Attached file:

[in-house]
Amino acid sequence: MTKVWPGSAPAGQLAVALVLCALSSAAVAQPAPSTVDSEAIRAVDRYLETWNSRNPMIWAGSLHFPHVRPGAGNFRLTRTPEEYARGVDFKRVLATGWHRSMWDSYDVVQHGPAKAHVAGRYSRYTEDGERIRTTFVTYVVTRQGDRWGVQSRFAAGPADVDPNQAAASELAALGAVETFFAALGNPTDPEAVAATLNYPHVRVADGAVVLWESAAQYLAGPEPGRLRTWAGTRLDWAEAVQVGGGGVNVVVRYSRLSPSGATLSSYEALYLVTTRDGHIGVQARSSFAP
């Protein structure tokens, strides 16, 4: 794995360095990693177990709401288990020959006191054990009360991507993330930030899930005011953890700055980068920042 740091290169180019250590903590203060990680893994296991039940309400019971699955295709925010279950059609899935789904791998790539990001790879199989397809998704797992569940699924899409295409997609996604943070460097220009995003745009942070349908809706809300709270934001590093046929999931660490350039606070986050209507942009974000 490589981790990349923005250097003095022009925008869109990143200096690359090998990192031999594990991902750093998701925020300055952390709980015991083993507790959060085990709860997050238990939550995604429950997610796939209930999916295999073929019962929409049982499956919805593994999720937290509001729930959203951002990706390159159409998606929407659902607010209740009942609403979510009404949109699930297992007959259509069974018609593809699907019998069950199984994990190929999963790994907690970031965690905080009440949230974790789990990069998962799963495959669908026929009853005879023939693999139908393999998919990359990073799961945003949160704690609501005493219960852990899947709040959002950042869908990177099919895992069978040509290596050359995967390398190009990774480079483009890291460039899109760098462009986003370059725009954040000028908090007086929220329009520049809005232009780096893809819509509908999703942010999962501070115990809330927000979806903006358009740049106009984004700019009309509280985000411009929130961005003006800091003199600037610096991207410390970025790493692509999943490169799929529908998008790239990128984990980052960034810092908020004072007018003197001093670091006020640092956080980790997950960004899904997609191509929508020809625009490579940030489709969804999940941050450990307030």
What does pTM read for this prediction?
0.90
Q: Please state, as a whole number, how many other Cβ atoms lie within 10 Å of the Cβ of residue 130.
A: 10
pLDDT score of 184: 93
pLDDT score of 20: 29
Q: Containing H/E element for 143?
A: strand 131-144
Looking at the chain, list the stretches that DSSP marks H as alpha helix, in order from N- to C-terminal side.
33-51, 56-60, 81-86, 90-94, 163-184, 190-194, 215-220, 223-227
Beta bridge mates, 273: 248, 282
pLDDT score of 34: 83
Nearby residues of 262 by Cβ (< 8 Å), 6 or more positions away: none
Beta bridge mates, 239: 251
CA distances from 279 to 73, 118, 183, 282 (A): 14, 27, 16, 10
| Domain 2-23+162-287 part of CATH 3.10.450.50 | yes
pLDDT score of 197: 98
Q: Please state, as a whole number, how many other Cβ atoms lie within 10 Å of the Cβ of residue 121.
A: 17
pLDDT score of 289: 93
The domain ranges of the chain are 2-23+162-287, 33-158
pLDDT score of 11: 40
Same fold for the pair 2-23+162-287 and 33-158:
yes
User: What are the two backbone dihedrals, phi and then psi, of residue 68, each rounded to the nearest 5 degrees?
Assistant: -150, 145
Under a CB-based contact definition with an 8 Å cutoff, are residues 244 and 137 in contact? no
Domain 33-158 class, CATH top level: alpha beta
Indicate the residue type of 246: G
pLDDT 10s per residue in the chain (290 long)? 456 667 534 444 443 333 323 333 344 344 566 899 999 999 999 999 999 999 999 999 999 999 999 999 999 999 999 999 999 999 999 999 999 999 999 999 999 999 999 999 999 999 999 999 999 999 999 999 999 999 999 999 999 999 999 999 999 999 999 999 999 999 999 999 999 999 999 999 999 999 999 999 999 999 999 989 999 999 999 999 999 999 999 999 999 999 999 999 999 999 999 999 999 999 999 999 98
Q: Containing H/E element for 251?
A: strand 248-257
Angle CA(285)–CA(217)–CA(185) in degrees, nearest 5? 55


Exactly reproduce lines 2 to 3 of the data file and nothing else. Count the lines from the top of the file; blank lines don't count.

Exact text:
Amino acid sequence: MTKVWPGSAPAGQLAVALVLCALSSAAVAQPAPSTVDSEAIRAVDRYLETWNSRNPMIWAGSLHFPHVRPGAGNFRLTRTPEEYARGVDFKRVLATGWHRSMWDSYDVVQHGPAKAHVAGRYSRYTEDGERIRTTFVTYVVTRQGDRWGVQSRFAAGPADVDPNQAAASELAALGAVETFFAALGNPTDPEAVAATLNYPHVRVADGAVVLWESAAQYLAGPEPGRLRTWAGTRLDWAEAVQVGGGGVNVVVRYSRLSPSGATLSSYEALYLVTTRDGHIGVQARSSFAP
């Protein structure tokens, strides 16, 4: 794995360095990693177990709401288990020959006191054990009360991507993330930030899930005011953890700055980068920042 740091290169180019250590903590203060990680893994296991039940309400019971699955295709925010279950059609899935789904791998790539990001790879199989397809998704797992569940699924899409295409997609996604943070460097220009995003745009942070349908809706809300709270934001590093046929999931660490350039606070986050209507942009974000 490589981790990349923005250097003095022009925008869109990143200096690359090998990192031999594990991902750093998701925020300055952390709980015991083993507790959060085990709860997050238990939550995604429950997610796939209930999916295999073929019962929409049982499956919805593994999720937290509001729930959203951002990706390159159409998606929407659902607010209740009942609403979510009404949109699930297992007959259509069974018609593809699907019998069950199984994990190929999963790994907690970031965690905080009440949230974790789990990069998962799963495959669908026929009853005879023939693999139908393999998919990359990073799961945003949160704690609501005493219960852990899947709040959002950042869908990177099919895992069978040509290596050359995967390398190009990774480079483009890291460039899109760098462009986003370059725009954040000028908090007086929220329009520049809005232009780096893809819509509908999703942010999962501070115990809330927000979806903006358009740049106009984004700019009309509280985000411009929130961005003006800091003199600037610096991207410390970025790493692509999943490169799929529908998008790239990128984990980052960034810092908020004072007018003197001093670091006020640092956080980790997950960004899904997609191509929508020809625009490579940030489709969804999940941050450990307030």